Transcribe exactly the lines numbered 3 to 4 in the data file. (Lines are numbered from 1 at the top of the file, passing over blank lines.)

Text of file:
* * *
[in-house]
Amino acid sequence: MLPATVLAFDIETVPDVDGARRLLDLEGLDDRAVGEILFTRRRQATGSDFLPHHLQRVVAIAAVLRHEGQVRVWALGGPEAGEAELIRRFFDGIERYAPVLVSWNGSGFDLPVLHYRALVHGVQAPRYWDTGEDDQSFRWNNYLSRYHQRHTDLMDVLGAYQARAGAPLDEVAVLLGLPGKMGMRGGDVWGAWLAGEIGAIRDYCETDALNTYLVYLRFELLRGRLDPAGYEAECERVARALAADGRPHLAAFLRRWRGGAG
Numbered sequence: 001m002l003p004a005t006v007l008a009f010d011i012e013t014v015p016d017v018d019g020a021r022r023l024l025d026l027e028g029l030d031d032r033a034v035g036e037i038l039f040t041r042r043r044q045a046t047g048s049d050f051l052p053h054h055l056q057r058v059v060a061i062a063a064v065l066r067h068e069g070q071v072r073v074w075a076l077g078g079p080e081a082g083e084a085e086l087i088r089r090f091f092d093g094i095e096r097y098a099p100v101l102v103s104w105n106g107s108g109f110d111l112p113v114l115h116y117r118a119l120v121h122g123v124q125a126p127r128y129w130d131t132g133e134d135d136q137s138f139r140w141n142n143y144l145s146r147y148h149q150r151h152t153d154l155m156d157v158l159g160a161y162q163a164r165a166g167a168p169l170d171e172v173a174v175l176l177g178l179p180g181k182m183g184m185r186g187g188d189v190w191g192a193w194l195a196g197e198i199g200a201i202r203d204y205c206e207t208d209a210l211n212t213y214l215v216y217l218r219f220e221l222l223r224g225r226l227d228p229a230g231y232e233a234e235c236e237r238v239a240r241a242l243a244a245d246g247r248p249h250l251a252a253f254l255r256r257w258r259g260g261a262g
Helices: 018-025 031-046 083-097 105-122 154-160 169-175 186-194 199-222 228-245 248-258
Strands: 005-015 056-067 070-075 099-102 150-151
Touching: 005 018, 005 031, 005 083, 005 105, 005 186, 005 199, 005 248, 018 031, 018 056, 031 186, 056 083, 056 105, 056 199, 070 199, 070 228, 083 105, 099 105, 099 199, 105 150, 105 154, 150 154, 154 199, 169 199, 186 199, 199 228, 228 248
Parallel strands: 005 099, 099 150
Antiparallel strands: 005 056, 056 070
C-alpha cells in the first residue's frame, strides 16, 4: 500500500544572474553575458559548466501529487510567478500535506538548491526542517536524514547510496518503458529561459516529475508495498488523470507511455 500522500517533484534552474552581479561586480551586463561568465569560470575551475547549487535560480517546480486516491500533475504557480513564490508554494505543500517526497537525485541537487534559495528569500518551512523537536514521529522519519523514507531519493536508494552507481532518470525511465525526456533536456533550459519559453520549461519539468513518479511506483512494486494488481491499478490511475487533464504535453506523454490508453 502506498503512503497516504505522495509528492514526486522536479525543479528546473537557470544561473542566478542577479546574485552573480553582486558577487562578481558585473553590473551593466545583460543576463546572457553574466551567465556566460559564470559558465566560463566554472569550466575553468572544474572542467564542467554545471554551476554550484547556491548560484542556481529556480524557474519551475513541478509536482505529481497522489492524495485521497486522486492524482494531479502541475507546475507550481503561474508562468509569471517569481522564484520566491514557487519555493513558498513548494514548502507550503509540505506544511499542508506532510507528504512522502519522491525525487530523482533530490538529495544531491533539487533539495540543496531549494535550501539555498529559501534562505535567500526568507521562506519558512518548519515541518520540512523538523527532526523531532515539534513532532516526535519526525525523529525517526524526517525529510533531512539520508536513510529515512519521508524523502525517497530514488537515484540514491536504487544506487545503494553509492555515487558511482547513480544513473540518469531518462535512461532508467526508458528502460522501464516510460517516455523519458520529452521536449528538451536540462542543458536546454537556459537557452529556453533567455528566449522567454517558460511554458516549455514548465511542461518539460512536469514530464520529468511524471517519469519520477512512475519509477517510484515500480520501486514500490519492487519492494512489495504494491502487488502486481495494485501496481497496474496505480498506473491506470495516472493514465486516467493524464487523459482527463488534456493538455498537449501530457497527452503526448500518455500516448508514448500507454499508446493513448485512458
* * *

Numbered sequence: 001m002l003p004a005t006v007l008a009f010d011i012e013t014v015p016d017v018d019g020a021r022r023l024l025d026l027e028g029l030d031d032r033a034v035g036e037i038l039f040t041r042r043r044q045a046t047g048s049d050f051l052p053h054h055l056q057r058v059v060a061i062a063a064v065l066r067h068e069g070q071v072r073v074w075a076l077g078g079p080e081a082g083e084a085e086l087i088r089r090f091f092d093g094i095e096r097y098a099p100v101l102v103s104w105n106g107s108g109f110d111l112p113v114l115h116y117r118a119l120v121h122g123v124q125a126p127r128y129w130d131t132g133e134d135d136q137s138f139r140w141n142n143y144l145s146r147y148h149q150r151h152t153d154l155m156d157v158l159g160a161y162q163a164r165a166g167a168p169l170d171e172v173a174v175l176l177g178l179p180g181k182m183g184m185r186g187g188d189v190w191g192a193w194l195a196g197e198i199g200a201i202r203d204y205c206e207t208d209a210l211n212t213y214l215v216y217l218r219f220e221l222l223r224g225r226l227d228p229a230g231y232e233a234e235c236e237r238v239a240r241a242l243a244a245d246g247r248p249h250l251a252a253f254l255r256r257w258r259g260g261a262g
Helices: 018-025 031-046 083-097 105-122 154-160 169-175 186-194 199-222 228-245 248-258